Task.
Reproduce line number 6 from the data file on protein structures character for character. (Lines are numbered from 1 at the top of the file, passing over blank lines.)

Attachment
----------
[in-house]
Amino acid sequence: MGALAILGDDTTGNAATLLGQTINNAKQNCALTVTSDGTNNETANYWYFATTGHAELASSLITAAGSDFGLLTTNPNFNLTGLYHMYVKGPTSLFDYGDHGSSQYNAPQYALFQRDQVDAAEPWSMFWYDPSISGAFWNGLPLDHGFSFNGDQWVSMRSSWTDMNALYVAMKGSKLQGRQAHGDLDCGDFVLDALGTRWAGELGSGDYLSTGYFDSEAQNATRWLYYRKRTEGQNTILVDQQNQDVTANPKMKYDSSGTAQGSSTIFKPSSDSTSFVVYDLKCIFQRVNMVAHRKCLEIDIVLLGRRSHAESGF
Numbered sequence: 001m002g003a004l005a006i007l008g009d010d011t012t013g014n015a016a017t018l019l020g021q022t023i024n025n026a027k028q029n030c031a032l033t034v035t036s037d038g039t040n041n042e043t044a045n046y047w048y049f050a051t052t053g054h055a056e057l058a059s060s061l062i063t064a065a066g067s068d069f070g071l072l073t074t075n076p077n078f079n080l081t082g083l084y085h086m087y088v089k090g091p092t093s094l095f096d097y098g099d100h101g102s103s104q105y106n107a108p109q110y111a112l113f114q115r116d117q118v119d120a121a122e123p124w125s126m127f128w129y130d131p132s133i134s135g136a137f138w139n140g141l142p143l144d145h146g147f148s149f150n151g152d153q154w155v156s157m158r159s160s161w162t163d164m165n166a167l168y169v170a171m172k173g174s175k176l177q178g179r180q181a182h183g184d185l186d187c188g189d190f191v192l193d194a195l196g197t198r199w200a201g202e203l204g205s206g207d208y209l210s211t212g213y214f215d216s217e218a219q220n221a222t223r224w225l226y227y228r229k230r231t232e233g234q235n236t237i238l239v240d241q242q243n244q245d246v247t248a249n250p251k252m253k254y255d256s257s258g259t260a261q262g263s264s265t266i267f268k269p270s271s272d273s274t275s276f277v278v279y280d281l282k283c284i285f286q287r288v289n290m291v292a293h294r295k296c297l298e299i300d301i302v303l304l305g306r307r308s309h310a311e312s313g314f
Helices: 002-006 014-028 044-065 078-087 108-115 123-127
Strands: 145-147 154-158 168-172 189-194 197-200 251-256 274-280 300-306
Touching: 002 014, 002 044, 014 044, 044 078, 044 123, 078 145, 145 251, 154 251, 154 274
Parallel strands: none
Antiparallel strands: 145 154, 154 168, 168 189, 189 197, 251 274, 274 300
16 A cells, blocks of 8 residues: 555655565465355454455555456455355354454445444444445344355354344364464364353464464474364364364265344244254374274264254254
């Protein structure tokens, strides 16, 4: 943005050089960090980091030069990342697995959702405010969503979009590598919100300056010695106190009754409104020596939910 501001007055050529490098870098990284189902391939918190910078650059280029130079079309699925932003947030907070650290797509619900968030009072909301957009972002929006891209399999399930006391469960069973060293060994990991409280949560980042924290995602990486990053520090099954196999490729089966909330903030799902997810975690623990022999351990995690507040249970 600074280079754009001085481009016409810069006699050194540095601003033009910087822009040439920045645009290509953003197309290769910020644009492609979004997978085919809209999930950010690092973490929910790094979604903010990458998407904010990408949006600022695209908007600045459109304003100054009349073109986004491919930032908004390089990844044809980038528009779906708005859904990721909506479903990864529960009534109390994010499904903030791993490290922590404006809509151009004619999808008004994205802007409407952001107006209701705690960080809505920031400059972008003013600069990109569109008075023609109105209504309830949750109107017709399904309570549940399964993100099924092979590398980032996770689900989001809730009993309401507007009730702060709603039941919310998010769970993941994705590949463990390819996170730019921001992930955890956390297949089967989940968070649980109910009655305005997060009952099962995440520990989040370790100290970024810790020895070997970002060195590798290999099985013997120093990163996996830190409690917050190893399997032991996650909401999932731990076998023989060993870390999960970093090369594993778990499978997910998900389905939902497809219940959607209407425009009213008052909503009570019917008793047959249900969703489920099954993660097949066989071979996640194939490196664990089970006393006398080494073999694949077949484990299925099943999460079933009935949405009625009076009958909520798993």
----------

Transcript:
Touching: 002 014, 002 044, 014 044, 044 078, 044 123, 078 145, 145 251, 154 251, 154 274